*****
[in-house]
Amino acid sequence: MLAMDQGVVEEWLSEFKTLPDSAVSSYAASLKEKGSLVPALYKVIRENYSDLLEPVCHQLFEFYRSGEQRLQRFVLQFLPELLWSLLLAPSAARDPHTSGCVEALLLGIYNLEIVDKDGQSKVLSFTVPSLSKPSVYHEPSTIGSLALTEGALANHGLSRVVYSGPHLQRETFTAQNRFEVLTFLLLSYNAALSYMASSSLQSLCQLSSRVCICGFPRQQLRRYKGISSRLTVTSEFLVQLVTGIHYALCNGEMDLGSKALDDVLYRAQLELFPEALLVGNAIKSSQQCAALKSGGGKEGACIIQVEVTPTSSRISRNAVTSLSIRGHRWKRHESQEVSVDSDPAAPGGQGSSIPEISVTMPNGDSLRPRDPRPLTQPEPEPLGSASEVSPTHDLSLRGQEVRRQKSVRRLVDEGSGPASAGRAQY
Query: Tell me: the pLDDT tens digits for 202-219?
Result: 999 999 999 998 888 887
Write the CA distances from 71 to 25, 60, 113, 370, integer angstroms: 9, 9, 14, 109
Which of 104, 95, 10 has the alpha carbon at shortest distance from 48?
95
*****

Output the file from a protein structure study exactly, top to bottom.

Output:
[in-house]
Amino acid sequence: MLAMDQGVVEEWLSEFKTLPDSAVSSYAASLKEKGSLVPALYKVIRENYSDLLEPVCHQLFEFYRSGEQRLQRFVLQFLPELLWSLLLAPSAARDPHTSGCVEALLLGIYNLEIVDKDGQSKVLSFTVPSLSKPSVYHEPSTIGSLALTEGALANHGLSRVVYSGPHLQRETFTAQNRFEVLTFLLLSYNAALSYMASSSLQSLCQLSSRVCICGFPRQQLRRYKGISSRLTVTSEFLVQLVTGIHYALCNGEMDLGSKALDDVLYRAQLELFPEALLVGNAIKSSQQCAALKSGGGKEGACIIQVEVTPTSSRISRNAVTSLSIRGHRWKRHESQEVSVDSDPAAPGGQGSSIPEISVTMPNGDSLRPRDPRPLTQPEPEPLGSASEVSPTHDLSLRGQEVRRQKSVRRLVDEGSGPASAGRAQY
Query: Tell me: the pLDDT tens digits for 202-219?
Result: 999 999 999 998 888 887
Write the CA distances from 71 to 25, 60, 113, 370, integer angstroms: 9, 9, 14, 109
Which of 104, 95, 10 has the alpha carbon at shortest distance from 48?
95